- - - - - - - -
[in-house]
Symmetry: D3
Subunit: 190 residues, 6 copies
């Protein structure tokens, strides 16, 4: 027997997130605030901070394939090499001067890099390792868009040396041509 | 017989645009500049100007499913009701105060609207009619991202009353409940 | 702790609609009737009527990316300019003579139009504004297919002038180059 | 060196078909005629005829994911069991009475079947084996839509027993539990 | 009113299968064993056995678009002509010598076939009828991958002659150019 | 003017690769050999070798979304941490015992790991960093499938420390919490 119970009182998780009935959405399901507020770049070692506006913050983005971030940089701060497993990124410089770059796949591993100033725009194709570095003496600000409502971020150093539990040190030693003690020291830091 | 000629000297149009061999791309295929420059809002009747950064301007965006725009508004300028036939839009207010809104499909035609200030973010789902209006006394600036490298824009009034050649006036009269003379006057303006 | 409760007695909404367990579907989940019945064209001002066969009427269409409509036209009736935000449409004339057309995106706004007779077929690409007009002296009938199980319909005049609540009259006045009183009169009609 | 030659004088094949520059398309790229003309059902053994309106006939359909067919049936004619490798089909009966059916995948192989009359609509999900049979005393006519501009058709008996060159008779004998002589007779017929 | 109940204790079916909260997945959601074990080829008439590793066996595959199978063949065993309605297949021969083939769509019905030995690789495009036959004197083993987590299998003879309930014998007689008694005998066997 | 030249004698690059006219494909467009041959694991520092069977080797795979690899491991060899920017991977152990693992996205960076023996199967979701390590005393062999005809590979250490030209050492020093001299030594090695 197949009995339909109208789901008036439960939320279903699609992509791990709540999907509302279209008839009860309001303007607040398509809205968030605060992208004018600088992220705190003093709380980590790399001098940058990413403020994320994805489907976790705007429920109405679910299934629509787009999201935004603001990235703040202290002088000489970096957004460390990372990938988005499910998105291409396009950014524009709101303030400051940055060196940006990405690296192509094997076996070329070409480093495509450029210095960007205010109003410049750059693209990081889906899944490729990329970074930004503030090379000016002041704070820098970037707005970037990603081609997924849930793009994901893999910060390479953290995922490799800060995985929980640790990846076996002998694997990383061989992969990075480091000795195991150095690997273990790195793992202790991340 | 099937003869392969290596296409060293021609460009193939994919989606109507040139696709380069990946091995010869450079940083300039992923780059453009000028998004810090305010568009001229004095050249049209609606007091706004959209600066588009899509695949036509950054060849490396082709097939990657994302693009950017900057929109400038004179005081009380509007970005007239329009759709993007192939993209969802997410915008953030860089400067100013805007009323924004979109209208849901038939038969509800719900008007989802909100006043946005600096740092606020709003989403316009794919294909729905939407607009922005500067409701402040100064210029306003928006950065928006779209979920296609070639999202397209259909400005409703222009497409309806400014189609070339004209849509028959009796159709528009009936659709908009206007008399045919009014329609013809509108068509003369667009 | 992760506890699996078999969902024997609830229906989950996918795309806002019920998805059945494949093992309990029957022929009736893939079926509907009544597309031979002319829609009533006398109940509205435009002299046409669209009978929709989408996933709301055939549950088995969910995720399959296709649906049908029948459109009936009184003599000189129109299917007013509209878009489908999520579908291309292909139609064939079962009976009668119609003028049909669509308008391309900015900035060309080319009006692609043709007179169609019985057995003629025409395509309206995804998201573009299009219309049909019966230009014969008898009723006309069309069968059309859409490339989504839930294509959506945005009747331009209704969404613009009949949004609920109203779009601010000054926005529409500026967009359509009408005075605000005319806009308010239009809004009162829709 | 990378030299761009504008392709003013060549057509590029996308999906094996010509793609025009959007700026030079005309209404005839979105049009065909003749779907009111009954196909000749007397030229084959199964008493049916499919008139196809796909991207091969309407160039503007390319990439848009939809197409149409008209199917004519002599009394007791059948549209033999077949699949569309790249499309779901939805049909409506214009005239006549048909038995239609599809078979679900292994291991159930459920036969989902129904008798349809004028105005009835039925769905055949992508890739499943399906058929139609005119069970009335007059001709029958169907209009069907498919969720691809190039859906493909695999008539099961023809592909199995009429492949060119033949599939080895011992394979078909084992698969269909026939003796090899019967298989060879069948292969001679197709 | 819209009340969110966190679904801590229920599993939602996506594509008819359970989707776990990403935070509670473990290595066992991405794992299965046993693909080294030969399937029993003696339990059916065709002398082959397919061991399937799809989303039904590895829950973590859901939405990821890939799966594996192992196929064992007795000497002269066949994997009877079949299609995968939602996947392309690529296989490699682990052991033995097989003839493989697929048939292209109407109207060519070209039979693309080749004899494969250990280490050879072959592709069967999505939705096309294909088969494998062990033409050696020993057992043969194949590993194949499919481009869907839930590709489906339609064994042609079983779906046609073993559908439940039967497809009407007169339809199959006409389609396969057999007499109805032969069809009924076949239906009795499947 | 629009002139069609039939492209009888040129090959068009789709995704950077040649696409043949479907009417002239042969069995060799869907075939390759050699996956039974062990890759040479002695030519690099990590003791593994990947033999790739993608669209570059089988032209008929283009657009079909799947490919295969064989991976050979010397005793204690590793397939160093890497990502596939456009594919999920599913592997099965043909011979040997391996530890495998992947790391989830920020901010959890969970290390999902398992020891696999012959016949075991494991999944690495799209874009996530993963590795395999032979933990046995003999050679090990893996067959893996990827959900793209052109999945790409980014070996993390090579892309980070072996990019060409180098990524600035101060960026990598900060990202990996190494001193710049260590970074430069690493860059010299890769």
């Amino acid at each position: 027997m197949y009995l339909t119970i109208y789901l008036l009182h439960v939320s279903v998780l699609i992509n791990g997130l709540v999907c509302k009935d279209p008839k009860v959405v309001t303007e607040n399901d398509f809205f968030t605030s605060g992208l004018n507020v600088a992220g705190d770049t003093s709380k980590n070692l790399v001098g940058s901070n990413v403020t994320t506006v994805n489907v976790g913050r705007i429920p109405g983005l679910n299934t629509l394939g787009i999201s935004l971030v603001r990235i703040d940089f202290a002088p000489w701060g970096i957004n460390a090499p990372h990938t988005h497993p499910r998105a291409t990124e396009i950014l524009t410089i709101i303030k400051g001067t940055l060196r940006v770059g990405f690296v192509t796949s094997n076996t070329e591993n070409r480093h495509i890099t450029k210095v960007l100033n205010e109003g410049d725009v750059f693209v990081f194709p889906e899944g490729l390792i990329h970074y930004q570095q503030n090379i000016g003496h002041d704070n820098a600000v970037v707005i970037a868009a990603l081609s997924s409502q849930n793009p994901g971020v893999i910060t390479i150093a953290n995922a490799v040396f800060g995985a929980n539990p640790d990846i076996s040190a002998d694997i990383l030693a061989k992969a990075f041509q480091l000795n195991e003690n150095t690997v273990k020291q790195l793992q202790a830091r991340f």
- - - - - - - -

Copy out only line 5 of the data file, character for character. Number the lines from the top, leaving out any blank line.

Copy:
């Amino acid at each position: 027997m197949y009995l339909t119970i109208y789901l008036l009182h439960v939320s279903v998780l699609i992509n791990g997130l709540v999907c509302k009935d279209p008839k009860v959405v309001t303007e607040n399901d398509f809205f968030t605030s605060g992208l004018n507020v600088a992220g705190d770049t003093s709380k980590n070692l790399v001098g940058s901070n990413v403020t994320t506006v994805n489907v976790g913050r705007i429920p109405g983005l679910n299934t629509l394939g787009i999201s935004l971030v603001r990235i703040d940089f202290a002088p000489w701060g970096i957004n460390a090499p990372h990938t988005h497993p499910r998105a291409t990124e396009i950014l524009t410089i709101i303030k400051g001067t940055l060196r940006v770059g990405f690296v192509t796949s094997n076996t070329e591993n070409r480093h495509i890099t450029k210095v960007l100033n205010e109003g410049d725009v750059f693209v990081f194709p889906e899944g490729l390792i990329h970074y930004q570095q503030n090379i000016g003496h002041d704070n820098a600000v970037v707005i970037a868009a990603l081609s997924s409502q849930n793009p994901g971020v893999i910060t390479i150093a953290n995922a490799v040396f800060g995985a929980n539990p640790d990846i076996s040190a002998d694997i990383l030693a061989k992969a990075f041509q480091l000795n195991e003690n150095t690997v273990k020291q790195l793992q202790a830091r991340f």